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Stones tested

Los Angeles, Nov. 5 (Reuters): Rolling Stone Mick Jagger’s star power was put to the test yesterday as the cream of Hollywood turned out to see his veteran rock band play its first theatre show in Los Angeles in more than 30 years.

Rock stars among the 2,200 fans at the Wiltern Theatre included Tom Petty and the Heartbreakers, Neil Young, Tom Waits, Doors keyboardist Ray Manzarek, Fleetwood Mac co-founder Mick Fleetwood, Dwight Yoakam and Eagles bass player Timothy B. Schmit.

The film and TV community was represented by Anjelica Huston, Benicio del Toro, writer/director Cameron Crowe and Reese Witherspoon.

Jagger joked at the outset that he would allow all the famous people —“and everybody that thinks they’re famous” — to come up on stage and join hands. The Wiltern stop marked the final show of the Rolling Stones’ Los Angeles trilogy. They played at the 20,000-capacity Staples Center last Thursday and the 45,000-capacity Edison Field on Saturday. The last time they played such a small venue in Los Angeles was in 1972 at the Hollywood Palladium, an old ballroom that holds about 3,500 people. The Rolling Stones have played four other small shows since their “Licks” world tour kicked off on September 3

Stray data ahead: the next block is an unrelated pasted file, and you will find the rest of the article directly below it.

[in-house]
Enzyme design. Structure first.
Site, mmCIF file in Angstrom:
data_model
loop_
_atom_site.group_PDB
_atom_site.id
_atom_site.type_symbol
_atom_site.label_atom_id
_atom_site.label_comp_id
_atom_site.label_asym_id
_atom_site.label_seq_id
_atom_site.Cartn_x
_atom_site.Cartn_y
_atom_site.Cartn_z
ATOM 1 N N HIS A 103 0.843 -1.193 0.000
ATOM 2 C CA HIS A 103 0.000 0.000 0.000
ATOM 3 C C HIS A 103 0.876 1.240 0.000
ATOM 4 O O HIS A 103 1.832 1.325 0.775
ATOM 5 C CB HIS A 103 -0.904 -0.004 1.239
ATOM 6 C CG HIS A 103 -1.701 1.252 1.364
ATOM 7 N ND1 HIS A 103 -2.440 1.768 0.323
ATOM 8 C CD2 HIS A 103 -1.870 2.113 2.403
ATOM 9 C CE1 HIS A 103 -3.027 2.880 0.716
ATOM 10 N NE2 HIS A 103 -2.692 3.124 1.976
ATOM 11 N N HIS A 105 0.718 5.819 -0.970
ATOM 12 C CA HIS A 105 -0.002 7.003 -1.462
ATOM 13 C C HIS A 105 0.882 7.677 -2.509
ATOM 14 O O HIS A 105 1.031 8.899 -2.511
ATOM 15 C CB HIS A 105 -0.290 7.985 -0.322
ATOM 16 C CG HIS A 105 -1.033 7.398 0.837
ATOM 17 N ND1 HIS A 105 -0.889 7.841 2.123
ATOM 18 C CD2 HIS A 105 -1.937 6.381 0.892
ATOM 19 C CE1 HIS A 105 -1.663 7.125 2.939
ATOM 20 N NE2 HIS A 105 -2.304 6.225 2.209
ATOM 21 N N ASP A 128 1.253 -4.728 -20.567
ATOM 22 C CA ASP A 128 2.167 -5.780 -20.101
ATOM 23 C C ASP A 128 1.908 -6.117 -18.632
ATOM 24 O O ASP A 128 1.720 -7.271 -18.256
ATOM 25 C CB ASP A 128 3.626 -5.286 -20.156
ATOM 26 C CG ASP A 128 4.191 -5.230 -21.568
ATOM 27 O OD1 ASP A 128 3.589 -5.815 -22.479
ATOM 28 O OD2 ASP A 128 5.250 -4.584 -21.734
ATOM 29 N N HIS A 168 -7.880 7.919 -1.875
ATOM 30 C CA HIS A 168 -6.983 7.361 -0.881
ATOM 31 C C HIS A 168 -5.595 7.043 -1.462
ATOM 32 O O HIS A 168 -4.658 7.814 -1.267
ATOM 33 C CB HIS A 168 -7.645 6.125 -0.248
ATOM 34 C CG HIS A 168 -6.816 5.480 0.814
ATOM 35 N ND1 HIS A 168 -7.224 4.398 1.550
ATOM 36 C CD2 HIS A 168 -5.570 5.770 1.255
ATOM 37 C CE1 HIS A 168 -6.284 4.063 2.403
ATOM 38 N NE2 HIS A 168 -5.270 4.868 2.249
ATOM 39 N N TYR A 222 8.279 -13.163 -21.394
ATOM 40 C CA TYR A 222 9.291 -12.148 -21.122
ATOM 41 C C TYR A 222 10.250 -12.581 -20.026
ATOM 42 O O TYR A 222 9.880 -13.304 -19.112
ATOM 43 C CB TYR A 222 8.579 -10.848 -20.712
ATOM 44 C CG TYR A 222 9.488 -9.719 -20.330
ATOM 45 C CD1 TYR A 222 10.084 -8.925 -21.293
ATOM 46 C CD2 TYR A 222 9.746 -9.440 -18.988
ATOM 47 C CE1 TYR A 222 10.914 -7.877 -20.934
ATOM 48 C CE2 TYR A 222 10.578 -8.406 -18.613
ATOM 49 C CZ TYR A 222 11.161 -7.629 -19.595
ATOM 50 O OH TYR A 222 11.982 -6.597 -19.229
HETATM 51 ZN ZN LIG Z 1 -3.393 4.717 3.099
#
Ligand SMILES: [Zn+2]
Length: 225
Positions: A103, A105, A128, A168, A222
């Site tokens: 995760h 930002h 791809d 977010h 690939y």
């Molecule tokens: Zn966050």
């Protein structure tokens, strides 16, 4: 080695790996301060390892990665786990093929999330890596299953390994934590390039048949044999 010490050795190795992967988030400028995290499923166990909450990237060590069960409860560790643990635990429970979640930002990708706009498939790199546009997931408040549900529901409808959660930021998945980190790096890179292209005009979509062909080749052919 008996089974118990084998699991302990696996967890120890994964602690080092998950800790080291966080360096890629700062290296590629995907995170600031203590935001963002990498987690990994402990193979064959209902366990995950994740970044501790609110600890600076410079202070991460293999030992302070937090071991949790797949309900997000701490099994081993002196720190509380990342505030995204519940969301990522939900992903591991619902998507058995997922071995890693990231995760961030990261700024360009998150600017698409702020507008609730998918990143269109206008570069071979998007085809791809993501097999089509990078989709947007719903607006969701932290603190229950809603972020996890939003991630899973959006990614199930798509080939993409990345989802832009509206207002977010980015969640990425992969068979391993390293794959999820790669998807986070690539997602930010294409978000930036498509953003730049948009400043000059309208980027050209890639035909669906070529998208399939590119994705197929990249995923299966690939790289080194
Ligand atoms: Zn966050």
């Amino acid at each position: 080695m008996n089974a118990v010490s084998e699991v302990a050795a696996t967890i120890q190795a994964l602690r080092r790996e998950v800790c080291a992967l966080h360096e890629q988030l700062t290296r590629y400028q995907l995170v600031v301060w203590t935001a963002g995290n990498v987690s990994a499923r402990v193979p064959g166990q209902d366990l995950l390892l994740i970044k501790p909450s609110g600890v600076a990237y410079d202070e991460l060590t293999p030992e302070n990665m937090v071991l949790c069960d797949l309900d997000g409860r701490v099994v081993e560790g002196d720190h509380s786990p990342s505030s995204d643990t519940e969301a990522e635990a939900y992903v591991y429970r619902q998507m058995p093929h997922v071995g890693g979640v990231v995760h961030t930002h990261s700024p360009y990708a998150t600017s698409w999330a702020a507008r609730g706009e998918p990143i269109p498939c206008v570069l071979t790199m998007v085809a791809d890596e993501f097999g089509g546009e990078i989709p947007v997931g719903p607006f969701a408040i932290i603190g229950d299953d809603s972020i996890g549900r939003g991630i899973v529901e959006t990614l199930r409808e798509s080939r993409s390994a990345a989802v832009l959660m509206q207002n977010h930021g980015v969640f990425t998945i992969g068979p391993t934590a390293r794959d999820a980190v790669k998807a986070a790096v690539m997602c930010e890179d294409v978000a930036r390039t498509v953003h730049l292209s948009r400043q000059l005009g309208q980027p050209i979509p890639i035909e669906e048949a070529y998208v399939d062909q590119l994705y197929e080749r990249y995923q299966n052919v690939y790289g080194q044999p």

Over the hill

Berlin (Reuters): A German driver who got out of his car on a hill to relieve himself found his car at the bottom of a river after he forgot to apply the hand brake, police said on Tuesday. “At first he tried to claim his car was stolen but the police immediately found this wasn’t the case,” the police said in Leipzig. When the salvage team arrived the next morning, the car was already irreparable. “He can expect a fine for parking on the sidewalk and not securing the car properly,” Hoehn said.

Fiery row

Cairo (Reuters): A woman set fire to her Cairo apartment after a row with her husband over his refusal to buy dried fruit and nuts traditionally eaten in the holy month of Ramzan, Egyptian newspapers reported on Tuesday. The blaze started when the woman doused the flat with kerosene and caused an estimated 30,000 Egyptian pounds ($6,500) of damage before firefighters brought it under control, al-Akhbar reported. Dried apricots, figs and nuts are relatively expensive and can often be the cause of domestic strife in Egypt if a family’s wage earner refuses to buy them for Ramzan. During the month, which begins on Wednesday in Egypt, Muslims fast by day and eat and drink only at night. Many Egyptians like to celebrate in the evening with special foods.


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